• Cardboard- 2 pieces roughly 10" square, used for the top and bottom of our switch.
  • Alligator Clips (2) - Two cables, different colors! (If you want to make more stomp switches, you’ll need more cables.)
  • Spool of Wire - A great way to add length to any project!
  • Duct Tape- Sticks to everything!
  • Rubber Bands- So stretchy and a great insulator! Perfect place to find them is around your veggies.

Need Supplies? Time to Get Resourceful!

These stomp switches are made of cardboard, but you could make them out of any flat panel materials. You could level up and use plywood or even artists chip board. The main idea is to use a material that is flat but has some give or bend to it.

You may have noticed that not all of the materials above are included in our kits! That is okay and intentional; we want you to be resourceful and use materials that you can find at home, in the classroom or even out of a dumpster! It’s great to know this ahead of time so we recommend thinking about creating a stockpile of materials when you find them. We recommend holding onto the following materials / items when you find them.

  • Breakfast cereal boxes
  • Amazon shipping boxes
  • Cardboard tubes
  • Small broken electronic toys
  • Tape, stickers, etc.
  • bubble wrap (don't pop them yet!)

Creating Conductive Pads

We will walk you through building a single stomp switch here, but to complete our project you will need to repeat these instructions for at least one more for a single person race timer, but you can also build more if you want to have more people compete at a time. The main idea is 2 switches per competitor.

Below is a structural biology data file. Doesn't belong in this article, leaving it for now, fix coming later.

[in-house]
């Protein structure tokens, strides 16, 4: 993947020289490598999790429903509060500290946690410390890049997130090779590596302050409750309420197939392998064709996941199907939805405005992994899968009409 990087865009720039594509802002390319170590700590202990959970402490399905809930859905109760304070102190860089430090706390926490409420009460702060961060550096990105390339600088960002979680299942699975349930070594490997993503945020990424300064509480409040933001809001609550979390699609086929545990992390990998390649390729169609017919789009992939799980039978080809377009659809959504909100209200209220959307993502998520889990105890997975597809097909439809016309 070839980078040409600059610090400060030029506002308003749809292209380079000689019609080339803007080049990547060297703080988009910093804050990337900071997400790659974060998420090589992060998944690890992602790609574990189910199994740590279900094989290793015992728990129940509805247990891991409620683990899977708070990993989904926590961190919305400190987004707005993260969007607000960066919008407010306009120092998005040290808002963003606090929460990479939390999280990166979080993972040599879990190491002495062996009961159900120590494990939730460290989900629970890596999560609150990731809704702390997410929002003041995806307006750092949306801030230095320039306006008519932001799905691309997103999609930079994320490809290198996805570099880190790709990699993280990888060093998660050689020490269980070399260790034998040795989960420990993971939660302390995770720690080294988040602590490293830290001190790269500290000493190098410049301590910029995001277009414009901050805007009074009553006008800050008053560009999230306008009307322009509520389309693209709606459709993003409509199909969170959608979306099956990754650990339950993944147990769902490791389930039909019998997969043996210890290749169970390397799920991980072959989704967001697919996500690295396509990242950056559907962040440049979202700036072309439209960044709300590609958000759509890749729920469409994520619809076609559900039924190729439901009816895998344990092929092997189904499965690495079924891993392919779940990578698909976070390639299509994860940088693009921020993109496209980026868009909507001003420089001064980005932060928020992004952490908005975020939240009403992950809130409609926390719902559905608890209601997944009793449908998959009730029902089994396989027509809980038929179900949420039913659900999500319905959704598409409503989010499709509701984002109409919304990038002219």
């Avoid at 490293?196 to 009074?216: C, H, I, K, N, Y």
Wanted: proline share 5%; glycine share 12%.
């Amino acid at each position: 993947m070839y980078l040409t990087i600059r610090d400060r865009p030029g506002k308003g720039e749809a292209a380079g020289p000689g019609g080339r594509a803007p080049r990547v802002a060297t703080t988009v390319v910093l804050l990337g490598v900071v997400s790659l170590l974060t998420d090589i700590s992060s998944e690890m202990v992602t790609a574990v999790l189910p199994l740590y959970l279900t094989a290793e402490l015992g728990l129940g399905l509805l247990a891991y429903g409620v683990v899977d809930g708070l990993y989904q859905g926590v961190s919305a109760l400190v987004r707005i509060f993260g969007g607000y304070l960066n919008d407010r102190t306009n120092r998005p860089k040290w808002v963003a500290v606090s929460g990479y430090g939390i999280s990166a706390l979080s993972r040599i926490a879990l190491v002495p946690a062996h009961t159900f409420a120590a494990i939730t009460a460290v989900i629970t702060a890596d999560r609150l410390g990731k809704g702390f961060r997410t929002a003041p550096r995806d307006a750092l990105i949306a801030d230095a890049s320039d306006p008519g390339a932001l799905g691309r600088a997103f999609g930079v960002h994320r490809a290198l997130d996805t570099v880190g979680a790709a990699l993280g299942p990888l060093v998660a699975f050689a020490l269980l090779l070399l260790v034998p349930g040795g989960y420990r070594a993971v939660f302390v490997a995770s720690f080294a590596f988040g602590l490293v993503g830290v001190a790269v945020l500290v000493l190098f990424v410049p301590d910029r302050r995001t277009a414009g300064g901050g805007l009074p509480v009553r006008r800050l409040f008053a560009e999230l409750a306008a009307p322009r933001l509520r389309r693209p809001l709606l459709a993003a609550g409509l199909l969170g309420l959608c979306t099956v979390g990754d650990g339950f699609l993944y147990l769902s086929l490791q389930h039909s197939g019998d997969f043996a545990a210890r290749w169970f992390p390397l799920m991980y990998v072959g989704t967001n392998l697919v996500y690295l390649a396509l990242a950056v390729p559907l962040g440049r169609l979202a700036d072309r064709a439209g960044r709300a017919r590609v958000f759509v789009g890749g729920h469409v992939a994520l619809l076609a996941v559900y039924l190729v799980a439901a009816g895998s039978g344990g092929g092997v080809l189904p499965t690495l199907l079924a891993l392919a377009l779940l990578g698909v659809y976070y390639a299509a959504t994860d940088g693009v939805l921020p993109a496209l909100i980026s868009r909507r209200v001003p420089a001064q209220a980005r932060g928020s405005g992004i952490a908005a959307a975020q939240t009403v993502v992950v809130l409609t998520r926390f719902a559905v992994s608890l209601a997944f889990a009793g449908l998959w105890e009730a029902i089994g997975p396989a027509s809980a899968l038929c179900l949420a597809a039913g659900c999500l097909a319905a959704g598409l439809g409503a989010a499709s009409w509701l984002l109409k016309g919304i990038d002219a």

The first step in creating a conductive pad is to use your glue stick and adhere one foil square to one side of each piece of cardboard.

Make sure you leave a little foil off to the right side so you can wrap the foil around the end of the cardboard. This will help us create a strong connection for Makey Makey.

Place both touchpads side by side with the foil covered ends facing each other, foil side up.

Cutting and Stripping Wires

Measure and cut the wires needed for the conductive touchpads.

Begin by measuring and cutting 2 equal length pieces of wire, the desired length is dependent on how far you want your stomp pads from the computer plus additional length to allow for plugging the controller into the Makey Makey.

Using the wire strippers, strip the ends of each piece of wire exposing at least 1” of the wire. If you are using wire stippers that have different gauges (sizes) like us, find one that barely cuts through the plastic. Also, most wire insulation has the gauge printed on it, check your wire for a number like "AWG20" or something similar and that is your gauge (20 in this case).

Wire Conductive Pad

Now that you have created the base structure of the stomp pad and cut your wires, it is time to add the wiring!